This is the first Ecosocialist International, and as the name suggests, it is a gathering of lunatics. Rather than bringing talkers together to discuss a plan , it brought planners together to act. Here we have: anti-mining groups. Traditional birth-workers. Hip-hop farmers. Seed-savers, healers, medicine-men. Maestro-pueblos, people-teachers. Bus drivers and garbage collectors (who are also recycled-jewelry-makers), urban planners, craftsmen, weavers and water conservationists. Here we have: people who have pledged their lives to the creation of an eco-centric socialism, a return to La Madre Tierra, people from the frontlines of global struggles, people who were never unwoven from the great spiral-spider-web of life, and people who were wrenched from it but are finding their way back. Black Panthers and Lakota, Amazonians and Indonesians, uniting to build a common platform for diverse and disparate global struggles. In order to find our center, we organized ourselves in a spiral: there were no working groups, no caucuses, no conference rooms or votes by majority rule. Instead, we engaged in dialogue in one of five elements: earth, fire, water, air or ether. We drafted proposals for the new way by universal consensus. I’ll say that again for the sleepers: you think 120 people, speaking different tongues, aren’t capable of reaching consensus? But we can, we did.
You laugh again—but since you’re upside-down on your head the laughter chokes you, dies in your throat, because this is no laughing matter. You already know about acid-rain-garbage-landslides burying people alive in trash-melting-ice-dying-dead-animals, birds with plastic insides, elephant corpses ripped of their tusks, world-wars-proxy-wars-civil-wars, poison-gas-nuclear-waste, radioactive fish becoming radioactive cancers in our guts-throats-groins-veins, factoryfarmsfactoryfarms, iphone-suicides-tumorous-vegetables-drought-famine-polio-stillborn-war, hacked-up-trade-unionists, lynch-mobs-penal-colonies of mass produced unconsciousness. So, you can understand…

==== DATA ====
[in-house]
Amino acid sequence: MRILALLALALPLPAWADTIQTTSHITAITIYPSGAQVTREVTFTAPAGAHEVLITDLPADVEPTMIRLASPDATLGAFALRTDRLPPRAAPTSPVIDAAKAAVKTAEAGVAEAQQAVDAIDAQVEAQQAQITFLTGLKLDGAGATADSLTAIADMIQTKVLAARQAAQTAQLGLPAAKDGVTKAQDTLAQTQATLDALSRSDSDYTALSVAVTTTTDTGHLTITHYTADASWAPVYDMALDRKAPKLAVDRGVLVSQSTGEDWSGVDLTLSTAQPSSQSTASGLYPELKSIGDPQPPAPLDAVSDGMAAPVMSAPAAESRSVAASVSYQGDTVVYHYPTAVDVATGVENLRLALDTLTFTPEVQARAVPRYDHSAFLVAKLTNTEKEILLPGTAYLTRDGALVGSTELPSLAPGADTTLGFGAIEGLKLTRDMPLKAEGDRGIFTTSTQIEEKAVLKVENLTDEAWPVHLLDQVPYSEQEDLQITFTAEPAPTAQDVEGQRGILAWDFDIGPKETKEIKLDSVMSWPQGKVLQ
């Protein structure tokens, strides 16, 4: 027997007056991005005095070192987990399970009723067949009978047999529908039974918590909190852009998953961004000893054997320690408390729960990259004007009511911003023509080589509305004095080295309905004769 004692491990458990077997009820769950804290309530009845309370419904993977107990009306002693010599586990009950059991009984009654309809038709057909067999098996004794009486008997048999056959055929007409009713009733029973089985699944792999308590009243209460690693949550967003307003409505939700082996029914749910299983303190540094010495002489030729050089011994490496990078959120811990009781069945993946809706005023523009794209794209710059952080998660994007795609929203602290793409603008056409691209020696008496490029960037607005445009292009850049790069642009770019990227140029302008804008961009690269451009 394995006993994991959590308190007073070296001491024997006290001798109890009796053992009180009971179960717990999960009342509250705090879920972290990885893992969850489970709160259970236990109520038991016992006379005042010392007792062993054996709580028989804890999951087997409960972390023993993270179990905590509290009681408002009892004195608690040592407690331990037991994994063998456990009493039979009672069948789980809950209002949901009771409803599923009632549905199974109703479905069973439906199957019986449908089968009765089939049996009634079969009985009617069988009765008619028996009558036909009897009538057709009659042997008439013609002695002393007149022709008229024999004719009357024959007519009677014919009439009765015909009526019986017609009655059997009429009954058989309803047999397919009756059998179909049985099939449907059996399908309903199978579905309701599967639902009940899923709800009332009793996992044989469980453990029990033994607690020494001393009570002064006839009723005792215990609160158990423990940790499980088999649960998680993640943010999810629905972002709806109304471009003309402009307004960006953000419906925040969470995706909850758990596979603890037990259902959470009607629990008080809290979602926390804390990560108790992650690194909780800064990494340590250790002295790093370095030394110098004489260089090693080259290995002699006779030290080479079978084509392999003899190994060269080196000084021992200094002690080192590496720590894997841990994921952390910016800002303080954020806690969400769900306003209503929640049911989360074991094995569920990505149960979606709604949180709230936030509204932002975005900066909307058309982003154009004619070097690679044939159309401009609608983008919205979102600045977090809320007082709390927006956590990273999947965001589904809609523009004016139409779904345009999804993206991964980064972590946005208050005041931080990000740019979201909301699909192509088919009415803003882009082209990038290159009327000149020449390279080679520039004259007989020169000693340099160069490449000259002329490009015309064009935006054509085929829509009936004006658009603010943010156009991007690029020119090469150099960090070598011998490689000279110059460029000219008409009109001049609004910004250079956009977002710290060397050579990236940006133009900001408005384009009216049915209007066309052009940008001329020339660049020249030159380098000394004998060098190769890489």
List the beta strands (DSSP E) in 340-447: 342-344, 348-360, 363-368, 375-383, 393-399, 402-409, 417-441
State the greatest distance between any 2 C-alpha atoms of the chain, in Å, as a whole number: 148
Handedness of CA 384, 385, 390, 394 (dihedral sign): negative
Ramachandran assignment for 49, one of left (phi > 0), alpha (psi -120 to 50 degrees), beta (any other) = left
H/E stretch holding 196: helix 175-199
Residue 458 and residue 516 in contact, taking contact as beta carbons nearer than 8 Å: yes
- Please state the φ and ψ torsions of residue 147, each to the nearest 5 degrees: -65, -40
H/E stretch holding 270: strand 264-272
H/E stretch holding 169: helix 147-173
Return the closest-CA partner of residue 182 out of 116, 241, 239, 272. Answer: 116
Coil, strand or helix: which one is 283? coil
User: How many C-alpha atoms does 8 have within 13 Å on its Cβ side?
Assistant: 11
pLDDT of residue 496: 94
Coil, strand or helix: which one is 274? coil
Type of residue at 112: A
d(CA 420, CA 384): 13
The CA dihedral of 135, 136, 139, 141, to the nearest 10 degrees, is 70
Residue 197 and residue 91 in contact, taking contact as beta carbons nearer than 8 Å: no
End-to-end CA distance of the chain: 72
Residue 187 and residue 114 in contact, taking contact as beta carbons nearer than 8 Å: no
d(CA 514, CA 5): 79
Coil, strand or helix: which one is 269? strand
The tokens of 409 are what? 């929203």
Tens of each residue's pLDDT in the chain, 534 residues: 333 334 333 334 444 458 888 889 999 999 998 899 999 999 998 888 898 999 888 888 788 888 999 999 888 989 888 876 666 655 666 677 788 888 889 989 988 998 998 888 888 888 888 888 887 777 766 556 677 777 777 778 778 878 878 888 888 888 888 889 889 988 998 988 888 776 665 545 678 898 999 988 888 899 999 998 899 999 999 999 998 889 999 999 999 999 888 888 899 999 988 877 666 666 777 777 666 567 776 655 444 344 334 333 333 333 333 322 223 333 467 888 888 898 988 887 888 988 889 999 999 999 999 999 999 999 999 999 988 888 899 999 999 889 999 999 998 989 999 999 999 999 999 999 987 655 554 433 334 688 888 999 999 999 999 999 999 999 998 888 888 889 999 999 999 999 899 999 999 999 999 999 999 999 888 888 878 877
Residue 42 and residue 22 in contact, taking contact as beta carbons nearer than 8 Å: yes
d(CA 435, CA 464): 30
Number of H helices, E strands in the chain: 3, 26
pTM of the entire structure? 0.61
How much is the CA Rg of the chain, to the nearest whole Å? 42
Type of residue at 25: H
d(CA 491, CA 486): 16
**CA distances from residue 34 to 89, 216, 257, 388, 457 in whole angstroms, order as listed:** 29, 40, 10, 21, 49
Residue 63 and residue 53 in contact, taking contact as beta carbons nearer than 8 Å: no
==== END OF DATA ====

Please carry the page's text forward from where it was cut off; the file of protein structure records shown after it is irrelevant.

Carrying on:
…That we came to Veroes to Reweave Pangaea, the original continent, following the leadership of the original people. In Veroes, we were guided by maroon matriarchs, women carrying the memories of their ancestors who long ago cut themselves free from plantations, erected new civilizations in the forests, and washed away their chains in the rivers that still flow through the land. They tell us: “We welcome this crisis. It has forced us to return to our ancestral kitchens.” They are reviving the gastronomic legacies of their forebears who eked out a life on next-to-nothing, made it beautiful, filled their bellies with fruit and ferocity. They do not join the birthday-cake-toilet-paper lines in the cities. They tell us: “We are restoring our land, remembering our languages, reclaiming our place in history.” You can’t not listen. Never fuck with a mad woman. Never mess with a madman.